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Weekly Roundup

Several months back, I wrote about the case of Kirchner v. Shooters, where the plaintiff's decedent had gotten drunk at a bar in the flats, decided to relieve himself at the end of a pier, and instead fell into the river and drowned.  The court here held that it was an open and obvious hazard, affirmed the grant of summary judgment, then certified it to the Supreme Court.  The other day, the Supreme Court dismissed the appeal.  Why?  Because the appellant had stopped payment on the $40 check for the filing fee. 

Me, I think I would have just filed a notice of dismissal and let them keep the forty bucks.

Anyway, on to the courts...

10th District reverses Court of Claims, holds that University of Cincinnati wasn't negligent in student rape case because rape wasn't foreseeable... also applies workers comp "coming and going" rule to find that employee wasn't in course and scope of employment at time of auto accident, and company (and its insurer) thus not liable to plaintiff... 6th District upholds summary judgment in slip and fall on oil slick in parking lot of gas station, finds hazard "open and obvious"...

Defendant's confession was admissible, says 3rd District, because although evidence showed he he refused to sign Miranda waiver, he said that he wanted to talk to officer... 9th District upholds conviction for child endangering based upon woman's allowing her daughter to be abused by woman's boyfriend; court noted that boyfriend "had developed the nickname 'Chester the Molester' among the residents of the trailer park" where the couple lived.  Trailer park, huh?  Who woulda thought... Failure to call witnesses not ineffective assistance of counsel, rules 12th District, where record doesn't show they would have been any good...  1st District tosses speeding conviction because state never identified laser device which tracked defendant, thus trial court could not take judicial notice of its reliability...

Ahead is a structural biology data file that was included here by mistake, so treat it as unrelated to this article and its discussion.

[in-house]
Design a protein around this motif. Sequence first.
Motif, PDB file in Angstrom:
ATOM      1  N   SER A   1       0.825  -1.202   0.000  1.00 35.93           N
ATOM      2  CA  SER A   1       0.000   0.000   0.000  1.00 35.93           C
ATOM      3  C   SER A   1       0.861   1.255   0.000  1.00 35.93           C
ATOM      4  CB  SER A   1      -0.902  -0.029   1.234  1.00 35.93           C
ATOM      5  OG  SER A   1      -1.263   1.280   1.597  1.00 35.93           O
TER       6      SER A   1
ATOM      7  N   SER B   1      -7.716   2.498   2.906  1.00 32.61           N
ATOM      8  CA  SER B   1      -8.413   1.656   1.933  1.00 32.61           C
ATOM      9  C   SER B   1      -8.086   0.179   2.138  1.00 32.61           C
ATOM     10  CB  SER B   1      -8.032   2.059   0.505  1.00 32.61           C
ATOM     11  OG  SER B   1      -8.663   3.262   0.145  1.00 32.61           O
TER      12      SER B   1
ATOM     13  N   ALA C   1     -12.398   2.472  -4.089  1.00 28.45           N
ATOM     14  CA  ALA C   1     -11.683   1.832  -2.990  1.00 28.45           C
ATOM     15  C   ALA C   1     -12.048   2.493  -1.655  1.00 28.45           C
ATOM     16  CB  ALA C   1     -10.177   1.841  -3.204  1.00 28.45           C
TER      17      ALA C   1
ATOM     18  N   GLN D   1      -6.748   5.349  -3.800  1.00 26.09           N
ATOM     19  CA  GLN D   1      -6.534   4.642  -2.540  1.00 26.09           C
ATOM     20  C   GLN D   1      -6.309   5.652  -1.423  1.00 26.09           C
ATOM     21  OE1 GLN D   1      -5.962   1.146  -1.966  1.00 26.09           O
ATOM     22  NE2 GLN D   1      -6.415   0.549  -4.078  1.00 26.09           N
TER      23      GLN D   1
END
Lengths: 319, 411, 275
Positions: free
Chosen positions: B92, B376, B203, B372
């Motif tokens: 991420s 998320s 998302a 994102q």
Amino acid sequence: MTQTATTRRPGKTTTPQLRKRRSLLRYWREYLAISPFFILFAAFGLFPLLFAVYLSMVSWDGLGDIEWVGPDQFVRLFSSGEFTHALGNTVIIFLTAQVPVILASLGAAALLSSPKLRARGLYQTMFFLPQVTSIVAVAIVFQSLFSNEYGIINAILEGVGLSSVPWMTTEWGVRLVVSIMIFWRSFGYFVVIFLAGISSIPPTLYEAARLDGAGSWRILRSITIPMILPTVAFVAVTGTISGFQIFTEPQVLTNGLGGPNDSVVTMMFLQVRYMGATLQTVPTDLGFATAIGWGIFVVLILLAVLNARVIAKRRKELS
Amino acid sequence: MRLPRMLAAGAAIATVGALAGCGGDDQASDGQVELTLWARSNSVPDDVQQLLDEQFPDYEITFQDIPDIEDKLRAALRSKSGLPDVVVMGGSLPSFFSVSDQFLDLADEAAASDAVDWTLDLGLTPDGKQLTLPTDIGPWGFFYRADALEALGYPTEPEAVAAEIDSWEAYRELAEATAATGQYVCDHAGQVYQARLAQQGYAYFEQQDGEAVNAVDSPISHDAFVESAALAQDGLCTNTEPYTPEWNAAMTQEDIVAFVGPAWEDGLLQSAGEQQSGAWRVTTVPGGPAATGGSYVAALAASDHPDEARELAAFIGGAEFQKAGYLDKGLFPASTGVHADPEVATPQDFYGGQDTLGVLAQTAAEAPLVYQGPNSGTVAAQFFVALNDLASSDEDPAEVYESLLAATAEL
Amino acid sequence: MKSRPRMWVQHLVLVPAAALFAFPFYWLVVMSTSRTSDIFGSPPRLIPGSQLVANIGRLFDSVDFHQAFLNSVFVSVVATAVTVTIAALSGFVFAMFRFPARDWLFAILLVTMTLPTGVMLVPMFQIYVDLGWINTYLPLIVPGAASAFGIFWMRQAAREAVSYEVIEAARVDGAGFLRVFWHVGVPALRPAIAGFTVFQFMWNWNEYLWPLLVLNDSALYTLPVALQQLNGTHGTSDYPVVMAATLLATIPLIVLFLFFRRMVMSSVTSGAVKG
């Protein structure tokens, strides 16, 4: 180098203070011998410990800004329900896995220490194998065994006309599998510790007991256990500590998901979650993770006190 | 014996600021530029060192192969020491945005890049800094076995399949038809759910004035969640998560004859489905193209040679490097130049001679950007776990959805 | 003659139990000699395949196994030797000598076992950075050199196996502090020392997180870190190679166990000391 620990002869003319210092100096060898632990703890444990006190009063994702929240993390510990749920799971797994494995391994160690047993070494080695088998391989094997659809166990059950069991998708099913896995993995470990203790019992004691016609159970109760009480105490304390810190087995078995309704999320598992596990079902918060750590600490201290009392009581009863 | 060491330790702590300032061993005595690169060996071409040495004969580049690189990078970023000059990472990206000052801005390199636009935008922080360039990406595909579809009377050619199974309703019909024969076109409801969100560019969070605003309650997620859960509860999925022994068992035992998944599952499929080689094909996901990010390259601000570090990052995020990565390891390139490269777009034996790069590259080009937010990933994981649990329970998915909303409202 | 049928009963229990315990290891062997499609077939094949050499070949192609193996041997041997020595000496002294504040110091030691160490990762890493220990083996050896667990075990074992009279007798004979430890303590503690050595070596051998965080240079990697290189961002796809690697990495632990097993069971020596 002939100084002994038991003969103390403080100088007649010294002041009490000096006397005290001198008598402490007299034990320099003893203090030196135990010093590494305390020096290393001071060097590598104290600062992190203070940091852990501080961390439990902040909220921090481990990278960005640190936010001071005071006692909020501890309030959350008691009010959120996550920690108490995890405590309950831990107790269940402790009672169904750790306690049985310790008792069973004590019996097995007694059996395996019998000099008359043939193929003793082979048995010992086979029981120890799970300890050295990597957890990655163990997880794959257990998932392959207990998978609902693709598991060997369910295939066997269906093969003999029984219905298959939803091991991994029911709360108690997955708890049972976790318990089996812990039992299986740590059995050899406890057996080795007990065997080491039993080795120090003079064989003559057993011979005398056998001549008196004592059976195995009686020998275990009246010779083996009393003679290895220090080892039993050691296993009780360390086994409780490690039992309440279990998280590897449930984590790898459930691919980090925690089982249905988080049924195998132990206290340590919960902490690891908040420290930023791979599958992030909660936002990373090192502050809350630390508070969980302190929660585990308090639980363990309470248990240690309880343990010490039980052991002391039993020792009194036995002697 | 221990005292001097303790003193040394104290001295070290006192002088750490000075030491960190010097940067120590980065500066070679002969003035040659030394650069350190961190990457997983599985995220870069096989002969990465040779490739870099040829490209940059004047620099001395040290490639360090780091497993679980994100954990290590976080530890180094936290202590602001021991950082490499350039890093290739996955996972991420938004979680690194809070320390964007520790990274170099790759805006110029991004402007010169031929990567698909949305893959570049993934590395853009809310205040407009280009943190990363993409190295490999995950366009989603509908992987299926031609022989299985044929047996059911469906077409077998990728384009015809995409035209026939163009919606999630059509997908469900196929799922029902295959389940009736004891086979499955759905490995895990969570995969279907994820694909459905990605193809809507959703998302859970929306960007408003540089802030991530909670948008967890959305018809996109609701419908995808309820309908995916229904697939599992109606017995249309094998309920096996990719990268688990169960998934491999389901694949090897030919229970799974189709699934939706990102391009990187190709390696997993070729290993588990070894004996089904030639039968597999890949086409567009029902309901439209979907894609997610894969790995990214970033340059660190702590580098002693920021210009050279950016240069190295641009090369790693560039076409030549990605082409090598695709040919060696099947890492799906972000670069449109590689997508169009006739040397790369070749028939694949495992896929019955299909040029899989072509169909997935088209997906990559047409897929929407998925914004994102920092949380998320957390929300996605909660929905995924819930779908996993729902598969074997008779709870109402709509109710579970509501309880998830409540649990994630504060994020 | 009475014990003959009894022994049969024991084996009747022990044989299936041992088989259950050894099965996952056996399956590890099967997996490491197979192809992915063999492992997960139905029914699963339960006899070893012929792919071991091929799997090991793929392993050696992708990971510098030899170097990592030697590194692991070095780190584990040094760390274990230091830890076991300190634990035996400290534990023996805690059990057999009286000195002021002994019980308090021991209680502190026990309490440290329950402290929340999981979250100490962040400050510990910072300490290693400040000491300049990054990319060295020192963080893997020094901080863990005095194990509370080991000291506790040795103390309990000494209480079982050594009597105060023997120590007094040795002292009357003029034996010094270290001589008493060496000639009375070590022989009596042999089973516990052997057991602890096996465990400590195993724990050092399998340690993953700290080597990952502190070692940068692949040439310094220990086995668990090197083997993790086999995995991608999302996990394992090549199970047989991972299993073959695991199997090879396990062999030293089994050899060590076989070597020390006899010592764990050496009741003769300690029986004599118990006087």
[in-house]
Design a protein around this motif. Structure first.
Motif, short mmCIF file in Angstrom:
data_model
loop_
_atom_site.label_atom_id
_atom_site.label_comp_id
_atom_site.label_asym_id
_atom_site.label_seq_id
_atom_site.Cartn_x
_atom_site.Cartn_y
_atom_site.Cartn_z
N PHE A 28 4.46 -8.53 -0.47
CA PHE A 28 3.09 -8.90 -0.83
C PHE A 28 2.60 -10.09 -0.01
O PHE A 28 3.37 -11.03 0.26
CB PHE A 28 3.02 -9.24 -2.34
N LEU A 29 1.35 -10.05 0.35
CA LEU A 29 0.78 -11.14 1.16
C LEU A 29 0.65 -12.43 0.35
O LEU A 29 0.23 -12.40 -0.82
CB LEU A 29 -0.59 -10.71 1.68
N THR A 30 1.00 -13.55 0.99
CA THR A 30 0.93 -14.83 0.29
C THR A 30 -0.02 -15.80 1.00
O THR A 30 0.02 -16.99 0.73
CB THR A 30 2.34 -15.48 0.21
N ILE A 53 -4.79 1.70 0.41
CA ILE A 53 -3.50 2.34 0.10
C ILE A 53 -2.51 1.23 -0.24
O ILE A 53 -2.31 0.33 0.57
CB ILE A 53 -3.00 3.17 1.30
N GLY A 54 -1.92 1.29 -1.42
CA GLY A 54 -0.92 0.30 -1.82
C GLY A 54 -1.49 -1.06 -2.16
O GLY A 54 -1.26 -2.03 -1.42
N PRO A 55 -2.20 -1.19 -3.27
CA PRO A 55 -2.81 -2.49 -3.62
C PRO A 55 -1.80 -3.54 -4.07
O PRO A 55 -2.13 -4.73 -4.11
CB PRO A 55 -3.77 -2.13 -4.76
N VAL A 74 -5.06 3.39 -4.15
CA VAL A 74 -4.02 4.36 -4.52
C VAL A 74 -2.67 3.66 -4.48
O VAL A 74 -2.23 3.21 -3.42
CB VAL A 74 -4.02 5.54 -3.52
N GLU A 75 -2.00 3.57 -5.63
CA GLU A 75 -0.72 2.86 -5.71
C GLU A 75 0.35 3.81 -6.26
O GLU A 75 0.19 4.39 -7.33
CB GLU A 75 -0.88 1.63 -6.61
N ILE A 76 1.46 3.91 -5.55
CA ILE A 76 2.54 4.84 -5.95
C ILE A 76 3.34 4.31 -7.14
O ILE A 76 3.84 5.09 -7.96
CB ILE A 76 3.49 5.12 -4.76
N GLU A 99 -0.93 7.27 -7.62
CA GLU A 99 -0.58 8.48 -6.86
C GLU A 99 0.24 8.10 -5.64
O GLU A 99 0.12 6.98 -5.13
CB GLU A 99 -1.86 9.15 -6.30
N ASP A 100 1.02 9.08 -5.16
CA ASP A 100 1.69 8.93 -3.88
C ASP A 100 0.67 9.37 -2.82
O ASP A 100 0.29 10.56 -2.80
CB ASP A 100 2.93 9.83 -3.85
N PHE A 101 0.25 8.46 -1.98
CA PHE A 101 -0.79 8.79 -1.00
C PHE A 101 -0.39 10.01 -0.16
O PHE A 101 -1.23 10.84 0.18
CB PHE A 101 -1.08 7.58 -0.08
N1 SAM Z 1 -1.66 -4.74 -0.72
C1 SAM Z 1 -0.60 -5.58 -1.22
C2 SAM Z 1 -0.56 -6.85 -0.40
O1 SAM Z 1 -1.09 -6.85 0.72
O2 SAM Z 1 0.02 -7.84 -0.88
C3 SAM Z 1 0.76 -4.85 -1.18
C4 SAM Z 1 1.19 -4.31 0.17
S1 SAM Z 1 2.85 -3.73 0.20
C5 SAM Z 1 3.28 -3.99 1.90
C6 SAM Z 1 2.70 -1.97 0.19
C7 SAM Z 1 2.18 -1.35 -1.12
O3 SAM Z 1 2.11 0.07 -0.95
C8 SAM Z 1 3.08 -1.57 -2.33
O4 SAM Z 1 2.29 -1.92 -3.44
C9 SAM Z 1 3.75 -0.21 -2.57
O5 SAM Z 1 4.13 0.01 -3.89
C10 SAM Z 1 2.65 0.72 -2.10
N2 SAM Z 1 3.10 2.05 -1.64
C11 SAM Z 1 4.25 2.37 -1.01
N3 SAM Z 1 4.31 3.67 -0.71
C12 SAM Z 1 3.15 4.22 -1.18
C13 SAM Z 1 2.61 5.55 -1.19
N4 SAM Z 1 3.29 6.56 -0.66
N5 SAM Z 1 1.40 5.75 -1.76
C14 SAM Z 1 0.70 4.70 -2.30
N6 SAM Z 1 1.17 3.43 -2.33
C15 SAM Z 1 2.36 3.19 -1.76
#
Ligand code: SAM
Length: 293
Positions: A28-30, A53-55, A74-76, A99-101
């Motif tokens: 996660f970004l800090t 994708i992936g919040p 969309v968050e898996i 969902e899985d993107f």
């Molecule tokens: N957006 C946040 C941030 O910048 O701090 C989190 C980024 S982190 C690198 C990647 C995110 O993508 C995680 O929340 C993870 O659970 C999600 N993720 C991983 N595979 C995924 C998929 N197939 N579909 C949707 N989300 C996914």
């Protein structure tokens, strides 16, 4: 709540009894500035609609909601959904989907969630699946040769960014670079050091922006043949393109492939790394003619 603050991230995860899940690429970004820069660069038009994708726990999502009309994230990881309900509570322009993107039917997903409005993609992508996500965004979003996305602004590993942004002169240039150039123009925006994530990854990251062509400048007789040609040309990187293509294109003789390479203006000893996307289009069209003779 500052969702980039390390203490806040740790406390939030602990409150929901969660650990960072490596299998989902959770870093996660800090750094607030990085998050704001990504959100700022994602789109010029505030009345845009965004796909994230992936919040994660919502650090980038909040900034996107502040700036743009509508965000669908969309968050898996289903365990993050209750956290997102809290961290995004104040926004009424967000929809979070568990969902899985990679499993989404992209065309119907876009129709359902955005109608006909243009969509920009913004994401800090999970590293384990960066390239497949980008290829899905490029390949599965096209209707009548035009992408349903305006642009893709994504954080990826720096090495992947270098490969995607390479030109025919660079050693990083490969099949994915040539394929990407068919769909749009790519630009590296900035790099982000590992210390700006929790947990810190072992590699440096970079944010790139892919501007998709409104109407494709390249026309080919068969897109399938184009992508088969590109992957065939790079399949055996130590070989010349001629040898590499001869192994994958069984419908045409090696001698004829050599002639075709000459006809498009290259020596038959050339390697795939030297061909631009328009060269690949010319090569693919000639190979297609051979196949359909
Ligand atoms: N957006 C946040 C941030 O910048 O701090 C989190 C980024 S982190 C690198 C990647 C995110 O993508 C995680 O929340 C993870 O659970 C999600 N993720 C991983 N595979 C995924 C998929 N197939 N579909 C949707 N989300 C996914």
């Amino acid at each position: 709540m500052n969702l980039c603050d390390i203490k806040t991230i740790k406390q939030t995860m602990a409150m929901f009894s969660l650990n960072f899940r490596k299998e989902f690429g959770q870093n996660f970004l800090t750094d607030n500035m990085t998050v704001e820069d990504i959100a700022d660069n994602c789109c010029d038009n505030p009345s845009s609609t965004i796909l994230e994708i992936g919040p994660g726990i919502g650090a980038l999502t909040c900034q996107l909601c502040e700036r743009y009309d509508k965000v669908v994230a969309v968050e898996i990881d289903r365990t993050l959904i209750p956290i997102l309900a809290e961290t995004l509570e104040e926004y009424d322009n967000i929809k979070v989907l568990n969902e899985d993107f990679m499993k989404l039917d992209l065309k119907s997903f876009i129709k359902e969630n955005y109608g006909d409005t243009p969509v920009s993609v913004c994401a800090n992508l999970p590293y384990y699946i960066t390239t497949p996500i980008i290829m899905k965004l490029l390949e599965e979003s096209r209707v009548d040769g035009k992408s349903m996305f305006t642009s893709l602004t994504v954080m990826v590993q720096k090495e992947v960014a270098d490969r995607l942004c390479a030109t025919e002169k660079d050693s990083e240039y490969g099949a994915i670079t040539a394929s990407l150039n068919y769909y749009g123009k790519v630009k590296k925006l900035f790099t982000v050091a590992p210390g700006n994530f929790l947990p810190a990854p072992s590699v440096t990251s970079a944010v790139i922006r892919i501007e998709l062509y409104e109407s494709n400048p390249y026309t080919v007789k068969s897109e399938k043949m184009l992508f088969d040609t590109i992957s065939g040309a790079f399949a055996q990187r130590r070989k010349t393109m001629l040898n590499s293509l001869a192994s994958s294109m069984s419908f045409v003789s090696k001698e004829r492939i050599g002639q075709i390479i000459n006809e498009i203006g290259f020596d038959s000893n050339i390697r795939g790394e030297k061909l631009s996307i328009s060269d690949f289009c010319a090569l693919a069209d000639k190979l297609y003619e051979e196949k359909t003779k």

One of the interesting things about doing this blog is I'm always learning things I didn't know.  How many times have you had a trial where the jury comes back with the question, "Can we hear the testimony of so-and-so?"  Everybody chuckles, the judge shakes his head, sends back a note saying "use your best recollection," and that's that.  Turns out that the judge has full discretion to have the testimony of any witness reread to the jury during deliberations.  At least that's what the 5th District says, and they seem to have the case law to back it up.

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Recent Entries

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